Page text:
Dustin’s biggest hope for the game is racial balance and living up to StarCraft’s expectations and legacy.< \li>
The campaign has a full tutorial system, with videos and interactive missions. Skirmish mode also includes starting tutorials for the non campaign races. The campaign also includes multiplayer oriented challenge modes that help practice skills and tactics used for multi-player battles.< \li>
Internally, Blizzard feels the Zerg are vastly underpowered, namely in tier 2. Beta will be the period where they direct the game’s balance.< \li>
Racial identities and playstyles are being treated as self-emerging through develeopment. Terrans have developed into a much more mobile race, but this is not the final decision for their overall playstyle feel.< \li>
Unit upgrades and unique abililty upgrades are not segregated in order to make the building choices more varied and interesting.< \li>
Macro mechanics are still being reworked, overall they are happy with spawn larvae and MULE calldown, while Proton Charge is still being looked at for big changes.< \li>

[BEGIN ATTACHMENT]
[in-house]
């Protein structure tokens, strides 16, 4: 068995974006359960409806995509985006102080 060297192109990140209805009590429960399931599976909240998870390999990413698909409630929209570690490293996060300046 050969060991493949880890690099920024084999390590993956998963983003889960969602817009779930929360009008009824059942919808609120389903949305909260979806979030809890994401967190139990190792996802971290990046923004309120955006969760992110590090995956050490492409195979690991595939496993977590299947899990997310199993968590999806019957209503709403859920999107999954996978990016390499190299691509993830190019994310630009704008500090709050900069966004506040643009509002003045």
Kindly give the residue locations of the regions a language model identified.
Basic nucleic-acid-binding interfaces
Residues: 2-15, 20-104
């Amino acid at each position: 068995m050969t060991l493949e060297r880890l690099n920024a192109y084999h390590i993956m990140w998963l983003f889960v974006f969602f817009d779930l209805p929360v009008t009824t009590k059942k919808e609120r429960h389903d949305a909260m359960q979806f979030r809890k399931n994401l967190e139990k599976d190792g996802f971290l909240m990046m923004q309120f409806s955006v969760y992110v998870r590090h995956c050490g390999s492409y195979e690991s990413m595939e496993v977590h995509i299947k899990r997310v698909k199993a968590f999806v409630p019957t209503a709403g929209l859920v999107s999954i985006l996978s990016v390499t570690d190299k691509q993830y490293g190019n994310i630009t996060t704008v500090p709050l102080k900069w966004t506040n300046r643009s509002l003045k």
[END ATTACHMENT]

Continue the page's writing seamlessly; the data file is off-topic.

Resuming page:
Dustin feels that Zerg and Terran are close to equal difficulty, with Protoss being the easiest to use.< \li>
The Raven is close to how they want it designed, with some changes possibly needed for the point-defense turret to make it’s role more clearly understood.< \li>
Infestor’s spells are currently being re-worked.< \li>
Burrowed Banelings contain Terrans until they acquire mobile detection (Ravens).< \li>
Some Protoss missions are playable in WoL for storytelling purposes.< \li>
The campaign currently has approximately 15 tilesets.< \li>
Mutiple tilesets can be used in single maps.< \li>
The basic idea for the Protoss campaign is the ultimate shattering and re-unification of the Protoss factions. The basic gameplay idea is to utilize the strengths and weaknesses of different Protoss factions to create your own new Protoss unification.< \li>